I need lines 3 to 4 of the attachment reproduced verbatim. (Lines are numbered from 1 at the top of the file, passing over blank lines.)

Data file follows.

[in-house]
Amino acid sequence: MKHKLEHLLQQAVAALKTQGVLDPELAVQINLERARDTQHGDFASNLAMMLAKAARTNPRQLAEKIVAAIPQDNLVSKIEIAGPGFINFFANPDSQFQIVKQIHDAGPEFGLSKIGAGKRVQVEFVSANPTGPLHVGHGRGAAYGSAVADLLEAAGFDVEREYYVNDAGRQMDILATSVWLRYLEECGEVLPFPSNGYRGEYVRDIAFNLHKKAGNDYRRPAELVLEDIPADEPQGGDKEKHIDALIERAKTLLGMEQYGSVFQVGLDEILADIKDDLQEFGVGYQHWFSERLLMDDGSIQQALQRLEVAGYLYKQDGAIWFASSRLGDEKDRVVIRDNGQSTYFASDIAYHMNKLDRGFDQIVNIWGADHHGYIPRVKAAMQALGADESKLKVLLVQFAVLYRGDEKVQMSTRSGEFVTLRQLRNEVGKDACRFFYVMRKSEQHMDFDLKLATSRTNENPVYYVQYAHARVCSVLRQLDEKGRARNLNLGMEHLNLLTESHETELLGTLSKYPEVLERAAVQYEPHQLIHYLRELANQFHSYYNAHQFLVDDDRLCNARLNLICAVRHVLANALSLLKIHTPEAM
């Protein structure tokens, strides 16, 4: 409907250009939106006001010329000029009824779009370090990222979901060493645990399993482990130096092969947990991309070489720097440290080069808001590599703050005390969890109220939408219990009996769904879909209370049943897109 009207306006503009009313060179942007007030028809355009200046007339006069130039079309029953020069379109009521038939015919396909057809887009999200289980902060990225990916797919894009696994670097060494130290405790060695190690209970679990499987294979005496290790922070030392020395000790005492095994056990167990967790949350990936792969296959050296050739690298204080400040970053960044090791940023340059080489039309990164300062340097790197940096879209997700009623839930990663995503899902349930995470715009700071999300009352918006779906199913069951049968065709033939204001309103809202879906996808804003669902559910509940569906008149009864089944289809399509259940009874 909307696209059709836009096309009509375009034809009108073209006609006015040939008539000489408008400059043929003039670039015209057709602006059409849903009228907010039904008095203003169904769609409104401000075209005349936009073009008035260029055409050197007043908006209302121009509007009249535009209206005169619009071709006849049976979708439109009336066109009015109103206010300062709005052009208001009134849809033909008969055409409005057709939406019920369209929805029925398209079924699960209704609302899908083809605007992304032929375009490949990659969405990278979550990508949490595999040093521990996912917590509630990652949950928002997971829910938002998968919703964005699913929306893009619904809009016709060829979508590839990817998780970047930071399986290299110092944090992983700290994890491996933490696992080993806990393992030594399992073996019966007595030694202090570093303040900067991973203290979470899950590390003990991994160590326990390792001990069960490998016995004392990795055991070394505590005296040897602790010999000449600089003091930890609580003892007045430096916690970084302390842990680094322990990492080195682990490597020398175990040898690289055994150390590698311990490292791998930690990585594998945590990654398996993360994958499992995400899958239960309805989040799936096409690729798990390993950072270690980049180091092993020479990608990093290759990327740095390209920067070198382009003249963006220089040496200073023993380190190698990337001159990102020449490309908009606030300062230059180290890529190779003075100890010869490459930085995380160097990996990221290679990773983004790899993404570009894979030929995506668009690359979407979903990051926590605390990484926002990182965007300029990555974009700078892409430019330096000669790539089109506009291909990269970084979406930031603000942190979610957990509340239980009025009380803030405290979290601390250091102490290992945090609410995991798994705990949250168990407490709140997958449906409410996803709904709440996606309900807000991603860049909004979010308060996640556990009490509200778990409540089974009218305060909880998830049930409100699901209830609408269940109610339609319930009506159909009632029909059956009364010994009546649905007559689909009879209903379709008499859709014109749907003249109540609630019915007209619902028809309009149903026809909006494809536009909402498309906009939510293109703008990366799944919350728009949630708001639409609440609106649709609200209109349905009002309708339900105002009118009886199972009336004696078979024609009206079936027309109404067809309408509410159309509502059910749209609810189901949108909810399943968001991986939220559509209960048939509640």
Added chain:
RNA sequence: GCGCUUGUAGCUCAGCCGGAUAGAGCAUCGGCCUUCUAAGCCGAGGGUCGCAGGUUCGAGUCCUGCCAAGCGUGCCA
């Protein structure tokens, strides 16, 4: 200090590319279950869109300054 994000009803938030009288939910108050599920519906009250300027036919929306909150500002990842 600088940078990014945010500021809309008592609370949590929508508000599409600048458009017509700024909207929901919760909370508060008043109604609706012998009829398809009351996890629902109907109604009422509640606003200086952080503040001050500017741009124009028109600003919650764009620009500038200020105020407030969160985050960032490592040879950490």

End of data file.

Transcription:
């Protein structure tokens, strides 16, 4: 409907250009939106006001010329000029009824779009370090990222979901060493645990399993482990130096092969947990991309070489720097440290080069808001590599703050005390969890109220939408219990009996769904879909209370049943897109 009207306006503009009313060179942007007030028809355009200046007339006069130039079309029953020069379109009521038939015919396909057809887009999200289980902060990225990916797919894009696994670097060494130290405790060695190690209970679990499987294979005496290790922070030392020395000790005492095994056990167990967790949350990936792969296959050296050739690298204080400040970053960044090791940023340059080489039309990164300062340097790197940096879209997700009623839930990663995503899902349930995470715009700071999300009352918006779906199913069951049968065709033939204001309103809202879906996808804003669902559910509940569906008149009864089944289809399509259940009874 909307696209059709836009096309009509375009034809009108073209006609006015040939008539000489408008400059043929003039670039015209057709602006059409849903009228907010039904008095203003169904769609409104401000075209005349936009073009008035260029055409050197007043908006209302121009509007009249535009209206005169619009071709006849049976979708439109009336066109009015109103206010300062709005052009208001009134849809033909008969055409409005057709939406019920369209929805029925398209079924699960209704609302899908083809605007992304032929375009490949990659969405990278979550990508949490595999040093521990996912917590509630990652949950928002997971829910938002998968919703964005699913929306893009619904809009016709060829979508590839990817998780970047930071399986290299110092944090992983700290994890491996933490696992080993806990393992030594399992073996019966007595030694202090570093303040900067991973203290979470899950590390003990991994160590326990390792001990069960490998016995004392990795055991070394505590005296040897602790010999000449600089003091930890609580003892007045430096916690970084302390842990680094322990990492080195682990490597020398175990040898690289055994150390590698311990490292791998930690990585594998945590990654398996993360994958499992995400899958239960309805989040799936096409690729798990390993950072270690980049180091092993020479990608990093290759990327740095390209920067070198382009003249963006220089040496200073023993380190190698990337001159990102020449490309908009606030300062230059180290890529190779003075100890010869490459930085995380160097990996990221290679990773983004790899993404570009894979030929995506668009690359979407979903990051926590605390990484926002990182965007300029990555974009700078892409430019330096000669790539089109506009291909990269970084979406930031603000942190979610957990509340239980009025009380803030405290979290601390250091102490290992945090609410995991798994705990949250168990407490709140997958449906409410996803709904709440996606309900807000991603860049909004979010308060996640556990009490509200778990409540089974009218305060909880998830049930409100699901209830609408269940109610339609319930009506159909009632029909059956009364010994009546649905007559689909009879209903379709008499859709014109749907003249109540609630019915007209619902028809309009149903026809909006494809536009909402498309906009939510293109703008990366799944919350728009949630708001639409609440609106649709609200209109349905009002309708339900105002009118009886199972009336004696078979024609009206079936027309109404067809309408509410159309509502059910749209609810189901949108909810399943968001991986939220559509209960048939509640």
Added chain: